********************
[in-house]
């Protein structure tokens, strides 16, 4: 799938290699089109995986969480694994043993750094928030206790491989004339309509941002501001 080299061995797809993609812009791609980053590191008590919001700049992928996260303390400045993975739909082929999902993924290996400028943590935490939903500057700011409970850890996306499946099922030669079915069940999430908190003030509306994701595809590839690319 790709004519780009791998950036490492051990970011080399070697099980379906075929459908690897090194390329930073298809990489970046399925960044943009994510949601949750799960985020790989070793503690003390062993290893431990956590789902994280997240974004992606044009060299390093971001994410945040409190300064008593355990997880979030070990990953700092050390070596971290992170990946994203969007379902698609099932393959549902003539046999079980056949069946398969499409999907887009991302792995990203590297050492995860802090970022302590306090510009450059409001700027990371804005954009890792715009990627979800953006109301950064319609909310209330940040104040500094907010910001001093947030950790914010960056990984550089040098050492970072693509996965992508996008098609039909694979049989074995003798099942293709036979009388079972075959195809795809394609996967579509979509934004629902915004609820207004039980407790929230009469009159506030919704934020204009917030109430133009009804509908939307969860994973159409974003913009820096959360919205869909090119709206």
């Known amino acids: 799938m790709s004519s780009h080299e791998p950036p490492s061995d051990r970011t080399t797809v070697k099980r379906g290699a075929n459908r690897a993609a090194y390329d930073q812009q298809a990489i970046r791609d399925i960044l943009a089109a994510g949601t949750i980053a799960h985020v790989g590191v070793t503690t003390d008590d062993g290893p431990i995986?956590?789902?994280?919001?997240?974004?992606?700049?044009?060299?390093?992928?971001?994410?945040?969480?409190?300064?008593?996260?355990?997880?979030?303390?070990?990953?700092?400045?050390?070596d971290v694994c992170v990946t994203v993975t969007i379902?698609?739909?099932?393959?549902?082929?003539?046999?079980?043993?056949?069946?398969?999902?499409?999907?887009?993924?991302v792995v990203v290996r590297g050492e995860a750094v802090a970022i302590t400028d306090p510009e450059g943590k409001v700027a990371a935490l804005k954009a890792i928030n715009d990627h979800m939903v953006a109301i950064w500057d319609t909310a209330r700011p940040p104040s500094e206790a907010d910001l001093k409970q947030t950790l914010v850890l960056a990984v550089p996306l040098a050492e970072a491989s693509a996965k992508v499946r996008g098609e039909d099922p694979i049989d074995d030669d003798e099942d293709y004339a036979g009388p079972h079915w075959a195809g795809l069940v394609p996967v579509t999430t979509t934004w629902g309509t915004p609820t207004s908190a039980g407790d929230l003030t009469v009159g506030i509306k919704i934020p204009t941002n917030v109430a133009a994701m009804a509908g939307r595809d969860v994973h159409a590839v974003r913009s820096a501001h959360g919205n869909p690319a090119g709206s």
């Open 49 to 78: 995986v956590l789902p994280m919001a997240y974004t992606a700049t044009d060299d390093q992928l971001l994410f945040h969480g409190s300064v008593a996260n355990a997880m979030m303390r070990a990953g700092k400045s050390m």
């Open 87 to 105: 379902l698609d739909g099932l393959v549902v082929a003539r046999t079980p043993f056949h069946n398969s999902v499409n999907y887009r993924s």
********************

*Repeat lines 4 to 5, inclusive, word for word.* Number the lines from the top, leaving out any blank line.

């Open 49 to 78: 995986v956590l789902p994280m919001a997240y974004t992606a700049t044009d060299d390093q992928l971001l994410f945040h969480g409190s300064v008593a996260n355990a997880m979030m303390r070990a990953g700092k400045s050390m």
């Open 87 to 105: 379902l698609d739909g099932l393959v549902v082929a003539r046999t079980p043993f056949h069946n398969s999902v499409n999907y887009r993924s």